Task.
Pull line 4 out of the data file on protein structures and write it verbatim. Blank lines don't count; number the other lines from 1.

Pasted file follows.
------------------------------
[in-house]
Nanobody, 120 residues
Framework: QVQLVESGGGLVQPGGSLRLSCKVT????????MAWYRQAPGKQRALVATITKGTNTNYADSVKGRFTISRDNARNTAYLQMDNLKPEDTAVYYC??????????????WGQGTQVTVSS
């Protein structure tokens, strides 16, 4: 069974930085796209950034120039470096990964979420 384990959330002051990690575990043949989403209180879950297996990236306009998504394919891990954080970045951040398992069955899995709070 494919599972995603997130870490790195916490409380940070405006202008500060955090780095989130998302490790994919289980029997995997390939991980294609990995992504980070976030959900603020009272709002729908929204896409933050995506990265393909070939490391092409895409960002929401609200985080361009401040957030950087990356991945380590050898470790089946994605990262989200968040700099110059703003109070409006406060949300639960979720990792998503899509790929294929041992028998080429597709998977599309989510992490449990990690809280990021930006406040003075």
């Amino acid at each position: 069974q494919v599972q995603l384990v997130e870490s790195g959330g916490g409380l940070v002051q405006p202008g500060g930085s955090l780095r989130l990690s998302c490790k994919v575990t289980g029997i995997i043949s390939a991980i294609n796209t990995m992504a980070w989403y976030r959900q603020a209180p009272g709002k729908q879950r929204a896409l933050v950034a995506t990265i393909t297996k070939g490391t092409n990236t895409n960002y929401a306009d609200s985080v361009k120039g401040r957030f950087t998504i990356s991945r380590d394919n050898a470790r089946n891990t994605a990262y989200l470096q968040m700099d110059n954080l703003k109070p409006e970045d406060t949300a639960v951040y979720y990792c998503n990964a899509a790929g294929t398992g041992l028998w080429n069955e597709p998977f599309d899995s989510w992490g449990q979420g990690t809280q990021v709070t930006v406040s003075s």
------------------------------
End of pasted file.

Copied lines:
């Protein structure tokens, strides 16, 4: 069974930085796209950034120039470096990964979420 384990959330002051990690575990043949989403209180879950297996990236306009998504394919891990954080970045951040398992069955899995709070 494919599972995603997130870490790195916490409380940070405006202008500060955090780095989130998302490790994919289980029997995997390939991980294609990995992504980070976030959900603020009272709002729908929204896409933050995506990265393909070939490391092409895409960002929401609200985080361009401040957030950087990356991945380590050898470790089946994605990262989200968040700099110059703003109070409006406060949300639960979720990792998503899509790929294929041992028998080429597709998977599309989510992490449990990690809280990021930006406040003075």